Fixed and Variable Expenses in Business Budgets

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Getting ready to do a budget for your business for startup or just general use to keep track of your business? One of the critical parts of that budget is your listing of fixed and variable expenses. In this article, we'll look at the overall budget and how to separate out those fixed and variable expenses, and how to understand their value. 

Creating a Business Budget

A budget is really two different financial statements. Let's assume a monthly budget. Budget A shows the ideal, what you would like every account to look like for the month. Budget B is the actual, what has really happened during the month.

The interesting thing about budgets is that they are almost always wrong, but they almost always turn out right. What I mean is that individual categories often don't come out like you thought they should - the actual may be higher or lower than what you budgeted. But overall, the amounts even out. Funny how that works. 

 Every business budget has two parts: 

  • Income or revenue. This is the amount you are estimating will come into your business during the month in sales of products or services. 
  • Expenses. These are the amounts you are budgeting for what you spend in each category. The expense part of the budget is the most important, because you may not be able to control sales, but you can control expenses. 

Including Fixed and Variable Expenses in Your Budget

When you get ready to work on your budgeted and actual business expenses, you need to break them down into the categories of fixed expenses and variable expenses. 

Fixed expenses are, well, fixed. They are the same every month. But, more important, fixed expenses must be paid every month, no matter what. If you don't have the income to pay these fixed expenses, you will have to find the money somewhere. Fixed expenses include items like: 

  • Lease or a mortgage. 
  • Other capital expenses, like the cost of buying business assets - equipment, vehicles, furniture. 
  • Payments on business loans. 
  • Utility payments, including phone costs. 
  • Cost of maintaining a web page (depending on your business type)
  • Insurance costs
  • Sales expenses, like credit card fees 
  • Any monthly membership you think you can't live without (your online accounting system, for example)

Think of fixed expenses like this: If I didn't have enough income for a couple of months, which of these could I give up or get out of? Could I cancel a lease and work at home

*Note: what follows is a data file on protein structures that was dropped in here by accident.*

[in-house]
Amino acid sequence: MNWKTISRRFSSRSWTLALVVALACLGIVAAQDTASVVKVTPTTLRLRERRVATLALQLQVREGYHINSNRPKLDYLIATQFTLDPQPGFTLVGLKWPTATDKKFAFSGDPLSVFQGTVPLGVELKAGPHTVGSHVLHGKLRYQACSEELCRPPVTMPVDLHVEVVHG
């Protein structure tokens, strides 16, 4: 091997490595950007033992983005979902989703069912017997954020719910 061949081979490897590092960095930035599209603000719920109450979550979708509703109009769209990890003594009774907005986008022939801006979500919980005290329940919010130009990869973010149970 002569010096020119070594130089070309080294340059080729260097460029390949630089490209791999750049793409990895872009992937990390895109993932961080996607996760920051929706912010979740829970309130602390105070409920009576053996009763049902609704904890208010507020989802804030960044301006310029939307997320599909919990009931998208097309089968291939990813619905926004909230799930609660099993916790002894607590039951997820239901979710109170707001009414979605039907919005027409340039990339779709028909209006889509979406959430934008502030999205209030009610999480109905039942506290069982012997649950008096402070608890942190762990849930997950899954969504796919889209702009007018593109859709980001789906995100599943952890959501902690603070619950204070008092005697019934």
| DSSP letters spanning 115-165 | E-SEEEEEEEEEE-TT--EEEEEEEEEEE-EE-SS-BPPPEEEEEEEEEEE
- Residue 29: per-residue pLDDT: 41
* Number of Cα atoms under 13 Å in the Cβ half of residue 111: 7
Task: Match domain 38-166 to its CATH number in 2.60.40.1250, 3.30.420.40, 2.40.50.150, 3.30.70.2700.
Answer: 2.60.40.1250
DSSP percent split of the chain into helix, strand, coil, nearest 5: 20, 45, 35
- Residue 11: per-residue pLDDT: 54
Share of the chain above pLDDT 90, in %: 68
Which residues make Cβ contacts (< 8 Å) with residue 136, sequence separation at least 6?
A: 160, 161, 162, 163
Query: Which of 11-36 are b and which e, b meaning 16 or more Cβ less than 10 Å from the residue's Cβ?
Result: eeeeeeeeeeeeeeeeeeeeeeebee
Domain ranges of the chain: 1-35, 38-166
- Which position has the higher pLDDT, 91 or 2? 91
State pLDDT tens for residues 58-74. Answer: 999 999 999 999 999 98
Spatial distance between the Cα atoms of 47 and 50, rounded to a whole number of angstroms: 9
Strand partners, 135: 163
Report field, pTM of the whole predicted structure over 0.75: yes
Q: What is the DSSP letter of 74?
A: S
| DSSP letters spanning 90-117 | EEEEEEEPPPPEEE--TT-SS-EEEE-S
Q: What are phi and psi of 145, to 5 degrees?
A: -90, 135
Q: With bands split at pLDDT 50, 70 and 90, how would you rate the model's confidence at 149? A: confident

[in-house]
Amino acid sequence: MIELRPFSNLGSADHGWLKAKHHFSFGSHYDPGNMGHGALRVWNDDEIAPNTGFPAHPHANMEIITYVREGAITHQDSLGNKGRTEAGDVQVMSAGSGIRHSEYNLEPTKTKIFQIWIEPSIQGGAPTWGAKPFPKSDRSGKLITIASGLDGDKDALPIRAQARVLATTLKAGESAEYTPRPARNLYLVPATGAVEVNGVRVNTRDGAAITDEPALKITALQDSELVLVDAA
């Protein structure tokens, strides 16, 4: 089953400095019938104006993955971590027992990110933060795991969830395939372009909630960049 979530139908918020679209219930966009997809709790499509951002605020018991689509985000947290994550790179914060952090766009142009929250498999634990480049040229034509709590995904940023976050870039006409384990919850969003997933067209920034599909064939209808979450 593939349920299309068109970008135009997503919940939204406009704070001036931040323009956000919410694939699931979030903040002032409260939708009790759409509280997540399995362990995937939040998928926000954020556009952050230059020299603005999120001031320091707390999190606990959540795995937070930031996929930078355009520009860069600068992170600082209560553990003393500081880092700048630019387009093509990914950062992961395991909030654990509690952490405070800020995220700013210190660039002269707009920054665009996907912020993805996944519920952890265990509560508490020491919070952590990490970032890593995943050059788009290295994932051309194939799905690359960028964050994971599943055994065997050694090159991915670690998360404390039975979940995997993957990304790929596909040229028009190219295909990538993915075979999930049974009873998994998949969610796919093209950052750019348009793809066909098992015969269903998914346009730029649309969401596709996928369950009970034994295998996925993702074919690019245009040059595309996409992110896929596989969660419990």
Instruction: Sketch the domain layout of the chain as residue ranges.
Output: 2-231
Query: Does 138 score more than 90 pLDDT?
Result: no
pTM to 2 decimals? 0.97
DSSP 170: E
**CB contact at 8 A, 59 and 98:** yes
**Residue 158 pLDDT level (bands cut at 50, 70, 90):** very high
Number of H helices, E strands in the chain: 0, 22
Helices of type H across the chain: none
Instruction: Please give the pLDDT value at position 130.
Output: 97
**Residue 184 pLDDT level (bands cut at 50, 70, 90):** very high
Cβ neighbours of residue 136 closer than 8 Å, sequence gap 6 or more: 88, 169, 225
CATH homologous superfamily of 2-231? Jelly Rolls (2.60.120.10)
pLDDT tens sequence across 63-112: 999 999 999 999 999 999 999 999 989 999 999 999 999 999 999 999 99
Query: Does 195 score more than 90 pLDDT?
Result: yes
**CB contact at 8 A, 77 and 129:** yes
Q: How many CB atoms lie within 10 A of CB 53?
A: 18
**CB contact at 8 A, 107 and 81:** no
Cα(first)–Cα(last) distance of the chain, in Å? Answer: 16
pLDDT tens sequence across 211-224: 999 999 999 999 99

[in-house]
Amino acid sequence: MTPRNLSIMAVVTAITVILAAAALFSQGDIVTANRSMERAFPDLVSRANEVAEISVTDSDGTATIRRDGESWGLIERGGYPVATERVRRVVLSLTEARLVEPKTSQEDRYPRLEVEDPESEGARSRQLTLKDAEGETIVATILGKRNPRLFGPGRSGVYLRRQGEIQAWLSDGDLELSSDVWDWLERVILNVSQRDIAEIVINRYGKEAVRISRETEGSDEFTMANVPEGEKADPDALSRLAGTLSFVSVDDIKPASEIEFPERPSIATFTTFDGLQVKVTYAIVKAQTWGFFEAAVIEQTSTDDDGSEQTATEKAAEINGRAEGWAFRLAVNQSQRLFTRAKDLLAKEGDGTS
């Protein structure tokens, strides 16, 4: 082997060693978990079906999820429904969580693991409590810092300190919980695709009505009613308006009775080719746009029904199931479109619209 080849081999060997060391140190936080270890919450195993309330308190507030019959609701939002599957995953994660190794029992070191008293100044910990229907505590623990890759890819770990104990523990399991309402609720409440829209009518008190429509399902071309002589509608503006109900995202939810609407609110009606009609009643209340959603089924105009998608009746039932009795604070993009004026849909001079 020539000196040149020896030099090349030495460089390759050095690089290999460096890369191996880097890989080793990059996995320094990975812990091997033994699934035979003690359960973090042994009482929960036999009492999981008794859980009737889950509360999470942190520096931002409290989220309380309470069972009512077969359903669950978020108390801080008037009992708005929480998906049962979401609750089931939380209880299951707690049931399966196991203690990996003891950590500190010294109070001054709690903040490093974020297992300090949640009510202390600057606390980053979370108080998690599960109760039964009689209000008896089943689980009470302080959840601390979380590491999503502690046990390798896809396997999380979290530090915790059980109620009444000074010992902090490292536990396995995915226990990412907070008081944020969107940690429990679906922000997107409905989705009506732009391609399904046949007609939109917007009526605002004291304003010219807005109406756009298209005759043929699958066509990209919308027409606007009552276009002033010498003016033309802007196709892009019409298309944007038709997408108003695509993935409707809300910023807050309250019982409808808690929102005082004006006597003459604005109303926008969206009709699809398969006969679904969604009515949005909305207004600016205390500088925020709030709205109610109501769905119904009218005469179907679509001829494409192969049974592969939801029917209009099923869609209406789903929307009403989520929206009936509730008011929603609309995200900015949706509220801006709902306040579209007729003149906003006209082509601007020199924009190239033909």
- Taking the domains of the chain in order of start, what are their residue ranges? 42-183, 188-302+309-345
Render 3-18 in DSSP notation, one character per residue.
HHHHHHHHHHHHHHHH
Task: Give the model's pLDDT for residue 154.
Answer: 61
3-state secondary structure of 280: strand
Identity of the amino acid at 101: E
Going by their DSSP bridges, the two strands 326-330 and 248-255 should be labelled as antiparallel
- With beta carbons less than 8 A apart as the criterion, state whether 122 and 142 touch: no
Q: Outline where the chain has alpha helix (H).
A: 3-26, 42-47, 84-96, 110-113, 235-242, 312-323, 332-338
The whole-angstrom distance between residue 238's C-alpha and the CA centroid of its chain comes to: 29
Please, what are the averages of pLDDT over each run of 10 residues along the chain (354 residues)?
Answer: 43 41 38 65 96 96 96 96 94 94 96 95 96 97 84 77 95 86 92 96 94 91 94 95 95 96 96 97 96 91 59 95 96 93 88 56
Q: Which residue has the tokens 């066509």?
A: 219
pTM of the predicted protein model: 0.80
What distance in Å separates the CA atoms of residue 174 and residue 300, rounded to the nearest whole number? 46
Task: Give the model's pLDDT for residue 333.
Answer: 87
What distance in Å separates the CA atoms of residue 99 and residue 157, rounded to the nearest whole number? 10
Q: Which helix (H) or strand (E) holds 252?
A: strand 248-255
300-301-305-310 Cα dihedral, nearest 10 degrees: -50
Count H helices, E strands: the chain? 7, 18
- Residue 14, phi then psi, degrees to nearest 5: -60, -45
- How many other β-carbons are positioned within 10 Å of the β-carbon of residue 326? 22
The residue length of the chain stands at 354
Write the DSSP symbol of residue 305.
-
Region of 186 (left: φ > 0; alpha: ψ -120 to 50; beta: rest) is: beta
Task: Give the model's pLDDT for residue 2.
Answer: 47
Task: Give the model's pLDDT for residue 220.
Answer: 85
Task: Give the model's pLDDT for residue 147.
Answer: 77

Variable expenses are those business expenses which vary depending on the volume of business, sales, or the volume of transactions. Examples of variable expenses include:

Combination fixed and variable expenses. You might find that some expenses are both fixed and variable. The pay of a salesperson might include a fixed portion (the base salary) plus a variable portion (the commissions on sales).

Variable Expenses Are Discretionary

Another way to look at variable expenses is that they are discretionary expenses. By definition, if something is discretionary, it's optional, not required. But are there really any discretionary expenses in a business? Look at the list of variable expenses above: 

  • Donations aren't required, but most businesses will make donations to charities, not only for tax savings but also for public relations purposes.  
  • Gifts to employees create employee goodwill and keep good employees, while gifts to customers for some businesses are just part of doing business.
  • Employees must be trained if they are effective. 
  • Advertising and publicity are required to get the word out about your products and services. 

The only thing discretionary about these expenses is the level. If your business cash flow is low, you may be able to cut back on donations, but levels of expenses are somewhat discretionary. Be cautious when committing to expenses that might seem variable; you may not be able to get rid of them quickly or easily.

Employee Expenses Are Fixed in the Short Term

If you have hired a full-time employee who has the expectation of a full-time job, you have probably created a fixed expense, at least in the short term. It's better to hire independent contractors or freelancers while you are starting out, to avoid having the fixed expense of an employee. 

The Most Important Thing to Remember About Expenses

Keep your fixed expenses as low as possible and don't commit to so-called variable expenses, especially when you are starting your business. During the first year or so of startup, your business income may be low as you build up your customers.

Some months you may not have enough to pay your bills. Having fewer fixed expenses will keep you in business until sales start to pick up. Having too many fixed expenses may mean you will have to make some choices, give up some employees, get a loan (another fixed expense) or, unfortunately, close your doors.